Referring briefly to FIG. 8, a release handle or lever 180 is pivotally mounted at an enlarged end to a bracket 181 attached to a support. The sheath 152 surrounding the cable 150 is fixed to the bracket 181, with the cable 150 extending around a flange 182 on the enlarged end of the handle 180 and fixed to the flange 182 or passing to an identical bracket and handle, not shown.
When the release handle 180 is actuated or pivoted, the movement of the handle 180 causes the end of the cable 150 to retract into the sheath 152 and move the spaced legs 118 and 117 of the first and second lock rings 100 and 102 toward each other. This rotates the respective lock rings 100 and 102 to a position bringing the valleys 112 on each of the lock rings 100 and 102 into alignment with the peaks 78 on the adjacent first and second bearings 54 and 56, respectively. This allows the lock rings 100 and 102 to move axially outward from the brake disc 20 to disengage the second surfaces 108 of the first and second lock rings 100 and 102 from the opposed lock surfaces 32 and 34 on the flange 30 of the brake disc 20 thereby unlocking the lock apparatus 10 to permit subsequent rotation of the shaft 12o
When no axial load or force is placed on the shaft 12, the ball bearings 62 in each bearing member 54 and 56 are spaced by a small gap from the thrust faces 89 and 75 of the inner and outer races 88 and 74 as shown in FIG. 6A which prevents the bearings 54 and 56 from acting as thrust bearings and prevents rotation of the shaft 12. However, the ball bearings 62 in the first and second bearings 54 and 56 are capable of acting as thrust bearings when, assuming the lock rings 100 and 102 are in the unlocked position, a small axial load is imposed on the shaft 12 moving the shaft 12 in either axial direction.
For example, when an axial load is placed on the shaft 12 moving the shaft 12 to the left in the orientation shown in FIG. 1, as shown in FIG. 6C, such axial load results in a slight movement of the shaft 12 which moves the inner member 60 of both of the first bearing 54 and the second bearing 56 to the left. This movement disposes each ball bearing 62 in the second bearing 56 in direct contact with the thrust faces 75 and 89 of the outer race 88 and the inner race 74. The second bearing 56 now acts as a thrust bearing enabling rotation of the shaft 12 under the axial load imposed on the shaft 12.
At the same time, due to the opposite orientation of the first bearing 54, the ball bearings 62 in the first bearing 54 are not in contact with the thrust faces such that the first bearing 54 is not operative as a thrust bearing.
If an axial load is imposed on the shaft 12 in an opposite direction, or to the right in the orientation shown in FIG. 1, as shown in FIG. 6B, such axial load imposes a slight movement on the shaft 12 to the right thereby shifting the inner member 60 of the first and second bearings 54 and 56 to the right. This disposes each ball bearing 62 in the second bearing 56 out of contact with at least one of the thrust faces, such as thrust face 89, to prevent the second bearing 56 from acting as a thrust bearing.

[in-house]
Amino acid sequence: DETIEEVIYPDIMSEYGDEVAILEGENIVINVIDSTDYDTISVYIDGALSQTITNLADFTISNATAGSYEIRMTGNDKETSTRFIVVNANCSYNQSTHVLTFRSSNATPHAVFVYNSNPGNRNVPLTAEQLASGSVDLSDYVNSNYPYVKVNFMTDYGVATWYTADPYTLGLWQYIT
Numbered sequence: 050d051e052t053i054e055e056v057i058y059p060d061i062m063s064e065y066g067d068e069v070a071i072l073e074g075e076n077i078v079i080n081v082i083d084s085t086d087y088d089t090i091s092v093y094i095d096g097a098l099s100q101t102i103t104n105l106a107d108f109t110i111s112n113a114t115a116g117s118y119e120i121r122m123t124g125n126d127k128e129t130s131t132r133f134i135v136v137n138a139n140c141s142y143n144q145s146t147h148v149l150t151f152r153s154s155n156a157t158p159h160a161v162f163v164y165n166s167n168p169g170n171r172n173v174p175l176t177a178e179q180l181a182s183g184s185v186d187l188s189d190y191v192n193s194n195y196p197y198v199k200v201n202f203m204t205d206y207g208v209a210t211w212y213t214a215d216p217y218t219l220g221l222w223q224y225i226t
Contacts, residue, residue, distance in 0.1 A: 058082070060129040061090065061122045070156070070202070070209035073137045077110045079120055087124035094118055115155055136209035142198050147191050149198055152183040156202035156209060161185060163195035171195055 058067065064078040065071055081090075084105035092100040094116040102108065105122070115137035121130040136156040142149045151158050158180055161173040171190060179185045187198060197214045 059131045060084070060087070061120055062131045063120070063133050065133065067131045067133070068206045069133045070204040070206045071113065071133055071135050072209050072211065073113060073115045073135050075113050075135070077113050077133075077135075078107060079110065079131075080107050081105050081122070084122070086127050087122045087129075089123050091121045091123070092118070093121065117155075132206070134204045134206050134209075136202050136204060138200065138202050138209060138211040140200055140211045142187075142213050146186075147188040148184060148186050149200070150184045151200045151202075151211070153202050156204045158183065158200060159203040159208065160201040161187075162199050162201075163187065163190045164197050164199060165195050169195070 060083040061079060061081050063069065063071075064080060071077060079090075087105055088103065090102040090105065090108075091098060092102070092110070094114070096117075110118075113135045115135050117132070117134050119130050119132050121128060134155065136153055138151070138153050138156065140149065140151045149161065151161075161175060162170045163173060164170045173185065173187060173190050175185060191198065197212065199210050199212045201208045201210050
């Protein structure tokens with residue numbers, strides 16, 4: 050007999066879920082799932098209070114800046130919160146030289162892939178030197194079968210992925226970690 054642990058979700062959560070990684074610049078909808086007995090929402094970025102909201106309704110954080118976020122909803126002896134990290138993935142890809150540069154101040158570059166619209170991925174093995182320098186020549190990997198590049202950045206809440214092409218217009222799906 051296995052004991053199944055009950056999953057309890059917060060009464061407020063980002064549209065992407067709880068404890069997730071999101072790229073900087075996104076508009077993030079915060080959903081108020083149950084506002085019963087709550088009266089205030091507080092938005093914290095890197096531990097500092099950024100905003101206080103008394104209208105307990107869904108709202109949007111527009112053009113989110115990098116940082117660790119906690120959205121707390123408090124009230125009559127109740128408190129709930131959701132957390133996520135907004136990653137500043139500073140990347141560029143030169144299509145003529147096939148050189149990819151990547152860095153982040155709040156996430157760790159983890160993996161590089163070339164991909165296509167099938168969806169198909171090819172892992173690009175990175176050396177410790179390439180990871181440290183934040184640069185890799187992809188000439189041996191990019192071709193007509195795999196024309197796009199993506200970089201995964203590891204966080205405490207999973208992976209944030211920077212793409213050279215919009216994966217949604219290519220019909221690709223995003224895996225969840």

However, the rightward movement of the inner member 60 of the first bearing 54 to a position identical to that shown in FIG. 6C, placed the ball bearings 62 in the first bearing 54 in contact with both thrust faces 89 and 75 such that the first bearing 54 acts as a thrust bearing enabling rotation of the shaft 12 under the axial load.
Referring now to FIGS. 8 and 9, there is depicted an exemplary application of the lock apparatus 10 described above in a vehicle seat adjuster. By way of background, a typical vehicle seat adjuster includes a pair of track assemblies, with only one track assembly 200 being depicted in FIGS. 8 and 9. The track assembly 200 includes a lower track or rail 202 which is fixedly mounted on a vehicle floor by means of suitable seat attachment supports 204 and 206. An upper track 208 is slidably mounted to the lower track 202 and is horizontally movable fore and aft with respect to the lower track 202.
As shown in FIG. 9, the lower track 202 is formed of an elongated, channel-like extrusion with a lower longitudinally extending bore 220. A pair of spaced notches 222 are formed at one end of the bore 220 and open to a pair of recesses 224 which close to a slot 226 receiving the upper track 208 therethrough.
In one exemplary form, the upper track 208 includes a bottom portion 270 which is slidably disposed in the bore 220 in the lower track 202. Although the bottom portion 270 may have any shape, such as circular, square, etc., in an exemplary embodiment, the bottom portion 270 of the upper track 208 is formed with a plurality of angularly disposed, arcuate-shaped faces, each denoted by reference number 272. A suitably formed bearing 274 is disposed within the bore 220 and the lower track 202 and in contact with the arcuate faces 272 on the bottom portion 270 of the upper track 208 to provide smooth sliding movement of the upper track 208 within the lower track 202.
Further details concerning the construction and operation of the lower track 202 and the upper track 208 as well as the fingers 224 and notches 222 can be had by referring to U.S. Pat. No. 5,344,114.